Playing sport is part and parcel of the Aussie way of life. We are blessed with a country high in sunshine hours with a temperate climate and a variety of sporting options and facilities that are the envy of the world. It can often be difficult to choose where to start, especially if your child has several areas of interest or just needs a nudge in the right direction.

When choosing there are several factors you will want to consider:

  1. Cost – initial fees plus ongoing costs
  2. Proximity – location relative to where you are
  3. Safety – Is it safe for your child to play?
  4. Time and Commitment – as a parent do you need to be directly involved?

When it comes to cost, many team sports do offer an advantage over individual ones. Equipment can often be shared or borrowed as can the expense of travel and accessing playing facilities. Team sports also develop social skills in a different manner to individual sports, however individual sports can help children to discover themselves and their talents, developing a greater degree of self-reliance than they may otherwise achieve.

To help you determine the best choice we’ve outlined a few options that can help you reach your decision.

Soccer:

The most popular sport in Australia for young people, with almost 50% of 6-13-year old children involved, soccer scores well for its relatively low level of contact. Its success means there is a team in almost every public park and its simplicity and low cost has been the key to it becoming the world’s biggest game.

  • Cost: $150-$300 per annum
  • Season: Winter
  • Proximity: Strong
  • Safety: Good
  • Time and Commitment: Low

Cricket:

Cricket has a national identity in Australia, especially as we generally perform well on the world stage. Cost can vary depending on whether your youngster wants the latest in helmets, bats and pads or is happy with using the team gear. It can however be time consuming as a parent – even if you aren’t directly involved, watching your child play will take up most of a Saturday morning or afternoon – and maybe Sundays if they make rep level.

  • Cost: $100-$1000
  • Season: Summer
  • Proximity: Strong
  • Safety: Good
  • Time and Commitment: High

Basketball

Basketball is the second most played sport in Australia for kids aged 6-13 years with 30% of the population participating. It is often played year-round in schools giving kids a good introduction to the sport before making a commitment to join a club.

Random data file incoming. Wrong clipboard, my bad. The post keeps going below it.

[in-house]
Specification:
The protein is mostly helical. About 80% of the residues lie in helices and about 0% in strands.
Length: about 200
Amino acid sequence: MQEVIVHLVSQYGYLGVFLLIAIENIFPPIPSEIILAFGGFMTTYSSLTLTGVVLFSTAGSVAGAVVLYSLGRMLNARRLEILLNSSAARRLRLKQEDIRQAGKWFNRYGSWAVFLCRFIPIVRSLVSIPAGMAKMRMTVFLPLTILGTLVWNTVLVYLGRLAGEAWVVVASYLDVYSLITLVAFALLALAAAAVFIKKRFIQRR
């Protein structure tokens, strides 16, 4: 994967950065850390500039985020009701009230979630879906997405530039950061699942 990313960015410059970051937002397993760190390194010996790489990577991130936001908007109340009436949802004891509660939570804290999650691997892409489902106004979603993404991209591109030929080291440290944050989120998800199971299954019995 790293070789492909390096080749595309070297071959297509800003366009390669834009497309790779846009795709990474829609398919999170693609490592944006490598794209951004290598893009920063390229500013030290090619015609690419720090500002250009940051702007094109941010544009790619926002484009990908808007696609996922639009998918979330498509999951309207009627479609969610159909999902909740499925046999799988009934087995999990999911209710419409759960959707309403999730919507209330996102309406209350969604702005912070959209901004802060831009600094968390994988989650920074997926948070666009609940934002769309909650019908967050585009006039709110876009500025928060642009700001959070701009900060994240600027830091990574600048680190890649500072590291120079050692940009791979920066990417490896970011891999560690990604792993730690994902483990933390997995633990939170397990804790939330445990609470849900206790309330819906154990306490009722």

• Cost: $150-$300
  • Season: Winter/Varies
  • Proximity: Average
  • Safety: Good
  • Time and Commitment: Low

AFL/Rugby/Rugby League

Much like soccer, these three winter codes cost very little to play with most money disappearing to insurances, officials and national bodies. Proximity is good provided you live in a state where the sport is popular and they don’t take up hours of your time. The downside is safety with all three being high impact physical sports. Children can usually be eased into this with a variety of non-contact versions giving them time to develop in a safe environment.

  • Cost: $150-$300
  • Season: Winter
  • Proximity: Strong
  • Safety: Low
  • Time and Commitment: Low

Netball

Netball ticks all the boxes as a great sport for your child to play, although rolled ankles and leg injuries can be an issue.

  • Cost: $150-$300
  • Season: Winter
  • Proximity: Strong
  • Safety: Good
  • Time and Commitment: Low

Golf

Golf is a great sport for children as it helps them develop a strong mindset and self-control. Sadly, the cost of equipment, green fees and coaching make this one of the more expensive options to consider.

  • Cost: $500-$1500
  • Season: all year round
  • Proximity: Good
  • Safety: Excellent
  • Time and Commitment: Low

Tennis

Participation numbers in tennis in Australia have dropped from 7% of the population in 2000 to only 4.5% now. The availability and affordability of courts is perhaps the biggest issue with many small towns lacking any facilities at all.

  • Cost: $500-$1000
  • Season: summer
  • Proximity: Average
  • Safety: Good
  • Time and Commitment: Low

There are considerably more options than just those listed above but they represent the most popular sports in Australia for young people. The best thing is to give your child exposure to as many as possible and see where their interest lies. Many sports run a Come and Try option for little to no cost which is a great place to begin.

If you’re trying to identify ways to balance expenditure with savings goals, you don’t need to do it alone. A financial adviser (or planner) spends their days identifying and presenting opportunities to their clients. Our simple, quick, free service will connect you to the best independent financial advisers, based on your needs. Click here to get started.

The information in this article is general in nature and does not take into consideration your personal situation or circumstances. You should consider whether the information contained in this article is suitable to your needs and where appropriate, seek professional advice from a financial adviser or other finance professional.

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